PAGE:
Single Mom Defined is teaming up with Comcast, to bring you information about #InternetEssentials. Although this is a sponsored post, all opinions remain my own.

Did you know it’s Black Girls Equity Month? Mayor William Peduto issued the proclamation, in recognition of Gwen’s Girls and the Black Girls Equity Alliance addressing the inequities and disparities experienced by black girls in the community. I got a chance to observe the month today when I attended the BGEA Summit.



Speakers projected slide shows with staggering statistics about black women in Pittsburgh being more likely to be unemployed and live in poverty than black women in other comparable cities. The recent research is upsetting but isn’t surprising. However, there was a glimmer of hope buried in the slides–Black girls are less likely to be given the opportunity to take high school algebra, but when they are, they are more likely to outperform everyone in the class, including the boys! I turned to the founder of Black Tech Nation next to me, and we plotted how we would tell that story. A story about black girls being ready for anything when they are given the support they need to succeed.



That’s exactly what Comcast is doing– leveling the playing field. The company recently expanded eligibility for Internet Essentials to include all qualified low-income households in its service area. Comcast estimates nearly seven million households now have access to low-cost Internet service, which literally doubles the total number of previously eligible households.

Comcast celebrated the expansion by surprising students at Pittsburgh Dilworth PreK-5. They brought along Comcast’s Senior Executive VP & Chief Diversity Officer, David L. Cohen, Jocelyne and Monique Lamoureux, Olympic Gold Medalists for the US Women’s Hockey Team and Strong Women and Strong Girls Pittsburgh. The kids thought they were at a normal school assembly but got more than they expected–laptops and Internet service! Watch our live interview here!

The Internet is arguably the most important technological innovation in history, and it is unacceptable that we live in a country where millions of families and individuals are missing out on this life-changing resource. Whether the Internet is used for students to do their homework, adults to look for and apply for new jobs, seniors to keep in touch with friends and family, or veterans to access their well-deserved benefits or medical assistance, it is absolutely essential to be connected in our modern, digital age. ~David L. Cohen, Senior Executive Vice President and Chief Diversity Officer of Comcast NBCUniversal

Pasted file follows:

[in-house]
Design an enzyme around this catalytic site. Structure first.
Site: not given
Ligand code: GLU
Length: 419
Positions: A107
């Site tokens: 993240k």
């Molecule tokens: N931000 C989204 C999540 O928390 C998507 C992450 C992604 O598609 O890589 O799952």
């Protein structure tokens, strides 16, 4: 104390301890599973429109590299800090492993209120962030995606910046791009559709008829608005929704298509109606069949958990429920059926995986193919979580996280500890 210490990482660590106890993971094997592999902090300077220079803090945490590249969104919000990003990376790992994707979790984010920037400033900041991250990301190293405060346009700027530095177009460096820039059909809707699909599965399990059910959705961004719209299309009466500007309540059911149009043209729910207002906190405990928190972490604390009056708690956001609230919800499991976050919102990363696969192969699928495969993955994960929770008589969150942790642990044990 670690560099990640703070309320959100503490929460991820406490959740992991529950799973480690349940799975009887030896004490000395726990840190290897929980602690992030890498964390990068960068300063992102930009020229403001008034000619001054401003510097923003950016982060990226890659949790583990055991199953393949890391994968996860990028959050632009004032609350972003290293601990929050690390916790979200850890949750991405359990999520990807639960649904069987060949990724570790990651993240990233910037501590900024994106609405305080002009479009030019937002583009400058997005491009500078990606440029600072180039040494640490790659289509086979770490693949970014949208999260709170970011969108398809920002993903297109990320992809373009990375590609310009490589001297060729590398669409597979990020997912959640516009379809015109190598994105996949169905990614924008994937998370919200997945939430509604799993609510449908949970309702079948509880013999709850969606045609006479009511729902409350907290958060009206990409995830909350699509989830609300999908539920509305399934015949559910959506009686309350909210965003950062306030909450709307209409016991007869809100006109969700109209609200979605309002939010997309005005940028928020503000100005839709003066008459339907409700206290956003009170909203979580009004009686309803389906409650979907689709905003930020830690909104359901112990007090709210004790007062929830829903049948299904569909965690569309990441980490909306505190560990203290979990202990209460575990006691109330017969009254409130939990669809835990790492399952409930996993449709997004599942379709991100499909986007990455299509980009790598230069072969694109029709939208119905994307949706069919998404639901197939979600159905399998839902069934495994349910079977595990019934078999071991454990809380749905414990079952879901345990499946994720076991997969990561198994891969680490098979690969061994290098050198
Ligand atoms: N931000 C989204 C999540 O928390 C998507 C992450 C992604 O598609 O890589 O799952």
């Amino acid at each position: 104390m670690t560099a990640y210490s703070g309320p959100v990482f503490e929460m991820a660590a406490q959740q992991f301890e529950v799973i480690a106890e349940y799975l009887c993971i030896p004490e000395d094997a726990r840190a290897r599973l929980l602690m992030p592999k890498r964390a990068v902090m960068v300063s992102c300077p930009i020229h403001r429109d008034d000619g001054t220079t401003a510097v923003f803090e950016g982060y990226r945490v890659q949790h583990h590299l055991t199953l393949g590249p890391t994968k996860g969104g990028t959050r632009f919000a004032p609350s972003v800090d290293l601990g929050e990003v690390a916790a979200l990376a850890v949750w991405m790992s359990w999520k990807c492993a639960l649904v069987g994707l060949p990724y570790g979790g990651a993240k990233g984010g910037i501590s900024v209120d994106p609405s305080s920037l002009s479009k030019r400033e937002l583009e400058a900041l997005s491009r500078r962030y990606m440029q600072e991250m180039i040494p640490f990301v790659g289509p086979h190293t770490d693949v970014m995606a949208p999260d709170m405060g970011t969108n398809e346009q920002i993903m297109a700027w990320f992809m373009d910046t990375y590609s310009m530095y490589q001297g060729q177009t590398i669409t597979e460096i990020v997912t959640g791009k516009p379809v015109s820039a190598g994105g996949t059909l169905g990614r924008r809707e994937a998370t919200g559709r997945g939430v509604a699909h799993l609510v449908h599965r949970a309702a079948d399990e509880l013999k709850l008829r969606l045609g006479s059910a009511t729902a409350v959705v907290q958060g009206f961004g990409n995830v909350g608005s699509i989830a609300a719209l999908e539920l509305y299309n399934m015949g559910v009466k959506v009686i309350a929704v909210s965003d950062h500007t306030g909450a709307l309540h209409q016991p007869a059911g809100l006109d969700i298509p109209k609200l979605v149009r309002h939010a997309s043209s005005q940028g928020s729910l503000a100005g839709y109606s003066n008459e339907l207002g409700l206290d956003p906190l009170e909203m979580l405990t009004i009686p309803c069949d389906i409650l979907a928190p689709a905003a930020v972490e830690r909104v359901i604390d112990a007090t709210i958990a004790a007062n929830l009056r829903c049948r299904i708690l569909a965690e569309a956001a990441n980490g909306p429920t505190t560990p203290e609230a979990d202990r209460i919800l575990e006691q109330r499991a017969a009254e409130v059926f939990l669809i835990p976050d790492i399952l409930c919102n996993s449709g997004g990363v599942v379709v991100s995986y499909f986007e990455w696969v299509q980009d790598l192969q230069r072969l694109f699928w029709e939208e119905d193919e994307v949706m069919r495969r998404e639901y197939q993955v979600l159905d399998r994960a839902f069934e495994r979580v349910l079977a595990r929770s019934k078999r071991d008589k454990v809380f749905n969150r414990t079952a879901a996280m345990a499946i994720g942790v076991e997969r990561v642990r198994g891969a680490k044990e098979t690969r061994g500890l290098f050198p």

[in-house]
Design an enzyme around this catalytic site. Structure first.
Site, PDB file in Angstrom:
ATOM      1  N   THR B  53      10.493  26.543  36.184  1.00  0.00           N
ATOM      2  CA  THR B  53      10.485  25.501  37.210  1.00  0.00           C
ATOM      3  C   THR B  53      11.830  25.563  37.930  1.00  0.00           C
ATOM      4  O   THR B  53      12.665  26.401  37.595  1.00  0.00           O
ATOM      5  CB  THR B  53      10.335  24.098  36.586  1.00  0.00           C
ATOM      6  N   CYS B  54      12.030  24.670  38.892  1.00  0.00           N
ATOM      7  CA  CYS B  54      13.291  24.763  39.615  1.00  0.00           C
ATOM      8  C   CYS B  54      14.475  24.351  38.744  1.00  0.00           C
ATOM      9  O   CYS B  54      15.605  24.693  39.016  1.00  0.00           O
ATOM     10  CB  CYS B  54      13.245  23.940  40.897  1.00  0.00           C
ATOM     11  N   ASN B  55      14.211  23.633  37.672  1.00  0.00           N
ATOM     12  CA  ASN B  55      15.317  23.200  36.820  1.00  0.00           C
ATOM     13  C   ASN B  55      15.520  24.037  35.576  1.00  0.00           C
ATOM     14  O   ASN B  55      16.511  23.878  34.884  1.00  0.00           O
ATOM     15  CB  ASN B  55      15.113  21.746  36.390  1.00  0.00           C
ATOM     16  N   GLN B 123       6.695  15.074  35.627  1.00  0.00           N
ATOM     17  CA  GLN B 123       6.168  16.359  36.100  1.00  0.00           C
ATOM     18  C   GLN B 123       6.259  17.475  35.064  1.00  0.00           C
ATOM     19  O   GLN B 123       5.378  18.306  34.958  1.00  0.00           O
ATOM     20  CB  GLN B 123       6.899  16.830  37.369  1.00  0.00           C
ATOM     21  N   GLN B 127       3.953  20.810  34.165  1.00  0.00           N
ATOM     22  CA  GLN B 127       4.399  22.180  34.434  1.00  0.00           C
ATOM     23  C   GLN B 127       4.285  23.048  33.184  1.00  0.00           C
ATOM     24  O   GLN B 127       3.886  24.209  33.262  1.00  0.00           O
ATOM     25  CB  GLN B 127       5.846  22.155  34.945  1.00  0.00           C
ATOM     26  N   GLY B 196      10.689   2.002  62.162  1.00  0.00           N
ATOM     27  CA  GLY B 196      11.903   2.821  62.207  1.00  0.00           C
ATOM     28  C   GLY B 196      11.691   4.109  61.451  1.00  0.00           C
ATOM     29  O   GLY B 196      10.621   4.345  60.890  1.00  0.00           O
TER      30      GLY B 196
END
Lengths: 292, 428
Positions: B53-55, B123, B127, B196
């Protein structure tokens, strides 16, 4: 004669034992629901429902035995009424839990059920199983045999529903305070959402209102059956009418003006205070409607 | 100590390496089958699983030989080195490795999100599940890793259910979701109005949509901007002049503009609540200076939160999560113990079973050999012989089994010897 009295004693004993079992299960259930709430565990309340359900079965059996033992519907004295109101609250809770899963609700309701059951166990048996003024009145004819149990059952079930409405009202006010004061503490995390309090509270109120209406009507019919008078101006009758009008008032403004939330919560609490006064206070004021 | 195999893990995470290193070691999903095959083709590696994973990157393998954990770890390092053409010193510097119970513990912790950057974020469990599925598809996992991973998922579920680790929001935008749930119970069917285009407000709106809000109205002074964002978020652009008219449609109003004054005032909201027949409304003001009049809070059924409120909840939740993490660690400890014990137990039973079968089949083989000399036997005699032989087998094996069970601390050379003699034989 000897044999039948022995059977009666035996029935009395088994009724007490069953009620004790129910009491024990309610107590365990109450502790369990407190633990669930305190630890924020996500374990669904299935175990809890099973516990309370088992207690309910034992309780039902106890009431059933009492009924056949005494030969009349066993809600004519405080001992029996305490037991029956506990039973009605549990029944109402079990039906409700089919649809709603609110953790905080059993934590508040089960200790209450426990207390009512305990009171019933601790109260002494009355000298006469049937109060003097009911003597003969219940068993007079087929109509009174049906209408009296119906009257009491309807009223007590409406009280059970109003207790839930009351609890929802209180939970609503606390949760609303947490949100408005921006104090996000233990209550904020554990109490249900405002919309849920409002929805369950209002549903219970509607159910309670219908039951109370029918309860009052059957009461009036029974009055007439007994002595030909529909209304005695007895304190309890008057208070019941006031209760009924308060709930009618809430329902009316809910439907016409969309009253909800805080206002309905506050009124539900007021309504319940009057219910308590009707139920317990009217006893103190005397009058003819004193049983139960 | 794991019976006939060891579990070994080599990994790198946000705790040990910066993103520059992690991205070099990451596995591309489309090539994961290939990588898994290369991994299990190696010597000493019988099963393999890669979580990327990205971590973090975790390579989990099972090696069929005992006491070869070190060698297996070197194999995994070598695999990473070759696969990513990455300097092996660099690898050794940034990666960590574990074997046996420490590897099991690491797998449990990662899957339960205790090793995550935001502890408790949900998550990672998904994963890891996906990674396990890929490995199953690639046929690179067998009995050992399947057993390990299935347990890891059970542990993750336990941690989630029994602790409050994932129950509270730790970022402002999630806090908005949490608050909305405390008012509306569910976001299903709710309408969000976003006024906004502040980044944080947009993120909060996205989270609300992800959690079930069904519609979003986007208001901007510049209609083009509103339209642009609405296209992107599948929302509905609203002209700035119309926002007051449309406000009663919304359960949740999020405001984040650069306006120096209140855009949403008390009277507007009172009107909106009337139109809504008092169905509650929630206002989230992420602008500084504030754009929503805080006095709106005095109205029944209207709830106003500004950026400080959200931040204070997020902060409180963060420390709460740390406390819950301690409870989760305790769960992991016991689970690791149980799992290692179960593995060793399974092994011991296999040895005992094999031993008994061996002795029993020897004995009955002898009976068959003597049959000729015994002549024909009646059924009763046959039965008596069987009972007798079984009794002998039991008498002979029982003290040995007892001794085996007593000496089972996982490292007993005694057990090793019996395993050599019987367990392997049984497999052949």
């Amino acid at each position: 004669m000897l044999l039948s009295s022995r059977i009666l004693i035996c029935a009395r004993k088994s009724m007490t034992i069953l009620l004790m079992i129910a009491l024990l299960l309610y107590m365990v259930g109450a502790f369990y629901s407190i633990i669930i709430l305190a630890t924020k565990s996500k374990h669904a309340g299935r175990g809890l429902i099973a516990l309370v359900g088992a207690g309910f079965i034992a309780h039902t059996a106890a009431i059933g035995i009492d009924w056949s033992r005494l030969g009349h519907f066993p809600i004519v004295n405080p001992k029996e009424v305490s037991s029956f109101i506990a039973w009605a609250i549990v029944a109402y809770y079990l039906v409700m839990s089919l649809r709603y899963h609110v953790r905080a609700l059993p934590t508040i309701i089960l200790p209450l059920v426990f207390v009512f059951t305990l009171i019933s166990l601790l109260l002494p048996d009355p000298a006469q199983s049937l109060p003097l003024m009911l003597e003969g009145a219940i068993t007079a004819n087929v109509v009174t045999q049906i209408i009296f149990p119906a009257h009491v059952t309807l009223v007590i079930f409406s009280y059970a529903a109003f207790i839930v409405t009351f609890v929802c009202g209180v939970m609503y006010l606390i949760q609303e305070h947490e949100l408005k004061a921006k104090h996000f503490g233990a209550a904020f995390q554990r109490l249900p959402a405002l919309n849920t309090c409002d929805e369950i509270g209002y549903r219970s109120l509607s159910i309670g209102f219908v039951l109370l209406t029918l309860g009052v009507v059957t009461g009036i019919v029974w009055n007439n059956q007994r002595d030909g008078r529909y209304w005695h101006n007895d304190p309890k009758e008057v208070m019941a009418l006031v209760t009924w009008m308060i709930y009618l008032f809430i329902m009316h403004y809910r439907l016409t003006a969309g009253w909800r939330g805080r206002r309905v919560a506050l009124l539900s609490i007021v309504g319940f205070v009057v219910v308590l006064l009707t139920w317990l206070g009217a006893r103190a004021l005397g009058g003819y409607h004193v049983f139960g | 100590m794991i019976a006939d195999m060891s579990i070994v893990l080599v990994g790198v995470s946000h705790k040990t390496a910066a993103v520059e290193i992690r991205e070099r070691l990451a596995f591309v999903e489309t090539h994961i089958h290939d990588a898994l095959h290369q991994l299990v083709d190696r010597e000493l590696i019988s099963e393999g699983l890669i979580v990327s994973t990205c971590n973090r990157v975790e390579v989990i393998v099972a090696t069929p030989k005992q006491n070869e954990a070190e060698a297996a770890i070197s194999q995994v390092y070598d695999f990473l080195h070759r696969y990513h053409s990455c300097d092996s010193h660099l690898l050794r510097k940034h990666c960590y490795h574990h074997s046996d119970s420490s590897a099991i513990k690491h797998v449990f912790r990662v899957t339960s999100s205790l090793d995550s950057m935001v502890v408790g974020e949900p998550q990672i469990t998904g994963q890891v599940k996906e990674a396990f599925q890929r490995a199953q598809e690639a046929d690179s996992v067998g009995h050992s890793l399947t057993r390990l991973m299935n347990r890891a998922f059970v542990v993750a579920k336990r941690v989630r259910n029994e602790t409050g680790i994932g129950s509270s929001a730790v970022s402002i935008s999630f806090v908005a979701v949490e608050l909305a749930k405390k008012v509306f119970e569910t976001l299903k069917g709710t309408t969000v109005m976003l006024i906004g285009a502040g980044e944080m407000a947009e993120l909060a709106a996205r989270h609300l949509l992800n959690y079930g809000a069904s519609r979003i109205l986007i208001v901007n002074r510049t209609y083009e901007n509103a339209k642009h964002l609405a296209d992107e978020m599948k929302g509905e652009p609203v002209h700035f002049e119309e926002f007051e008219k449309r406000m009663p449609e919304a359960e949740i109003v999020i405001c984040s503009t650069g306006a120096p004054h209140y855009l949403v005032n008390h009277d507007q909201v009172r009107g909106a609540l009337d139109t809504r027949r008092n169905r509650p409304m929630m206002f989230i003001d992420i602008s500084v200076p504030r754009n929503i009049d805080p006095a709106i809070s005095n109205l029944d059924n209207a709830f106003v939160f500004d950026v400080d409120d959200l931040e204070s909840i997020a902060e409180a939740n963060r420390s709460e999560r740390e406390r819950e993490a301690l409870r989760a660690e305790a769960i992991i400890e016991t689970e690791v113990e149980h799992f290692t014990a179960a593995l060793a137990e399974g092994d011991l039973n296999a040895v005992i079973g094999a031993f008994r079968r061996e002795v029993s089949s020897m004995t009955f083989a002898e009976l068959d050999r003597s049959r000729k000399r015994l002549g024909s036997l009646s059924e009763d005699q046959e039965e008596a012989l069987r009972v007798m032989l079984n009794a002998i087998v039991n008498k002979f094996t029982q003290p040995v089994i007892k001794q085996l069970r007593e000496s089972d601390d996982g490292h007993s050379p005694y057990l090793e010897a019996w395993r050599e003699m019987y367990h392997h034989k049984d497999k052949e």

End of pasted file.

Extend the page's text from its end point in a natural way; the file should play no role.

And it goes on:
According to U.S. Census data, households living in cities with the highest poverty rates, are up to 10 times more likely than those in higher-earning communities not to have fixed broadband at home. Comcast’s Internet Essentials can change this. It includes multiple options to access free digital literacy training in print, online, and in-person, the option to purchase an Internet-ready computer for less than $150; and low-cost, high-speed Internet service for $9.95 a month plus tax. 



Jocelyne and Monique Lamoureux, Internet Essentials Ambassadors, shared their story about fighting for equity and threatening to boycott the 2017 Women’s World Championship in Michigan in order to negotiate for greater equity with USA Hockey.

Their story, this campaign and the BGEA Summit reinforced that when give a chance, we’re ready for absolutely anything!



For more information, or to apply for the program, visit or call 1-855-846-8376.  Spanish-only speakers can also call 1-855-765-6995.



Not long ago, Heather Hopson lived in the Cayman Islands and hosted a television show. Today, she’s back home in Pittsburgh writing a different type of story as the founder of Motor Mouth Multimedia and Single Mom Defined. Utilizing more than a decade of television news reporting experience, Heather assembles teams to tell diverse stories, provide unique perspectives, and increase the visibility of important issues for local and national clients. In 2018, Heather, inspired by her daughter, produced Single Mom Defined, a photo essay and video series that provides a more accurate definition of single Black motherhood than the one society presents.

Heather obtained a BA in Journalism from Michigan State University, where she served as president of the Delta Zeta Chapter of Alpha Kappa Alpha Sorority, Inc.

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